Photography buffs and professionals should stop sharing those Instagram photos right now if they don't want to be held responsible legally or financially for any of them beginning in the new year.
But that's not all the bad news.
Anyone who uploads a photo on the site after the January date can kiss any rights or profits from the photo goodbye, as the new terms give Instagram the ability to use all photos on the website for free in a variety of ways.
One, they can use all photos for free in their advertising projects. Two, they can sell all the photos on the site to someone else for a profit, and without paying the photo taker or Instagram account holder a single penny made from the sale.
Makes one wonder how much photography lovers like the site now?
Even worse than losing the money that could be made off of personal photography work is the fact that Instagram, not the photographer, will own the rights to the photos submitted to their website beginning in January, according to Time.
Now it makes sense why the site was so user-friendly and people were encouraged to use the free social media tool so passionately. Right? The company was seeking to build its portfolio and move into the photo-selling business with an arsenal of products at their disposal--for free.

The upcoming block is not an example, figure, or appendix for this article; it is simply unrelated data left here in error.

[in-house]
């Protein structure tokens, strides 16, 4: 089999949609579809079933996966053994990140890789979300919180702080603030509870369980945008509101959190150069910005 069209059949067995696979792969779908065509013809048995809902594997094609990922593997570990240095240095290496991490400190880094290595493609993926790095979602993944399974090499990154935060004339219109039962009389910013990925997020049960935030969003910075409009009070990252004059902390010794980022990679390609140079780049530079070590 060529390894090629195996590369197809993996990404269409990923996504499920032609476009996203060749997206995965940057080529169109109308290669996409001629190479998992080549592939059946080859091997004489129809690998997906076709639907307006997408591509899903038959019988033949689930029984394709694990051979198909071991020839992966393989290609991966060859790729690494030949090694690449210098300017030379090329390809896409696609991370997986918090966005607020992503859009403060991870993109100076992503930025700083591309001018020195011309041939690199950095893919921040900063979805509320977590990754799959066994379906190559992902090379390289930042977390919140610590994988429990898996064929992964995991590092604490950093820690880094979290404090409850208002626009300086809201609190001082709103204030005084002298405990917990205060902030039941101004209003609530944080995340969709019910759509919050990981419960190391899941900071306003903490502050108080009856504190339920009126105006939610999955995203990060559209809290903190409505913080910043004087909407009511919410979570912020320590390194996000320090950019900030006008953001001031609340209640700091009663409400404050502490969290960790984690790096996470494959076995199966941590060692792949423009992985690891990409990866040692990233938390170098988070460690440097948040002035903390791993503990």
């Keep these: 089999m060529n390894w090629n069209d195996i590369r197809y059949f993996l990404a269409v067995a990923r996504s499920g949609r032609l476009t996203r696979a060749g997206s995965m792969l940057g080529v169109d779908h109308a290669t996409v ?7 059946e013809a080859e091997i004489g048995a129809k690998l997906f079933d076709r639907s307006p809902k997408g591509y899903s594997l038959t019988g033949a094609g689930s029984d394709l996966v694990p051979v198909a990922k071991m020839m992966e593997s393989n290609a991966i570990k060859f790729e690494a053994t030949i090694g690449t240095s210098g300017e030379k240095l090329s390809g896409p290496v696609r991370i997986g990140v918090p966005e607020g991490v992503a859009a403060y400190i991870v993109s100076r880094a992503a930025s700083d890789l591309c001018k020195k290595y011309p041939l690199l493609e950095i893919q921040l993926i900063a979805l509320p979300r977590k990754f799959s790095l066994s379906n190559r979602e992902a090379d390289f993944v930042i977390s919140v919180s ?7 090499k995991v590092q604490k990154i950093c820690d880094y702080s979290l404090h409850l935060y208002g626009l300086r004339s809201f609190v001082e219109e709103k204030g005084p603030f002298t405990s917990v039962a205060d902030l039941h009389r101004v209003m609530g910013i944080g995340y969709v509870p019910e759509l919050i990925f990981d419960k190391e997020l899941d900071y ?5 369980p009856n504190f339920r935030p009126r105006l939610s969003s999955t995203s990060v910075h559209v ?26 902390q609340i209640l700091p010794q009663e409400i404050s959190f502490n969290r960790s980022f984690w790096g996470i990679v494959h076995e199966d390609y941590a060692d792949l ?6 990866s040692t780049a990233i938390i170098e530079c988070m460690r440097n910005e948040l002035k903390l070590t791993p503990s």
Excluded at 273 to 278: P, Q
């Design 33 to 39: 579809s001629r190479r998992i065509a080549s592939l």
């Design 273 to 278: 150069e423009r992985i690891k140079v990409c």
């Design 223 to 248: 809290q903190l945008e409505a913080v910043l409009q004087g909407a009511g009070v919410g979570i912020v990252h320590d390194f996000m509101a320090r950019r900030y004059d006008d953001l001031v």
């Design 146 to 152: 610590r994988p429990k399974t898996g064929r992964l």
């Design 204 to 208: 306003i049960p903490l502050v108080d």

It's like they hired thousands of photographers to work for them--for nothing. And people did. Will those same people "quit" now following Instagram's new terms notification?
Many will according to an LA Times article, which even quotes an angry Twitter tweet from the wedding photographer of Facebook's Mark Zuckerberg.
"Pro or not if a company wants to use your photos for advertising they need to TELL you and PAY you," Noah Kalina said.
Instagram's founder Kevin Systrom rushed to publicly deny the site is planning to use people's photos in advertising, and for free.
But one graphic designer quoted by the Times had the best comeback to that statement.
"Thankfully we are all Internet savvy enough to know that people can say one thing and do another."
(Instagram founder Kevin Systrom, Photo Credit: LA Times/AFP/GettyImages)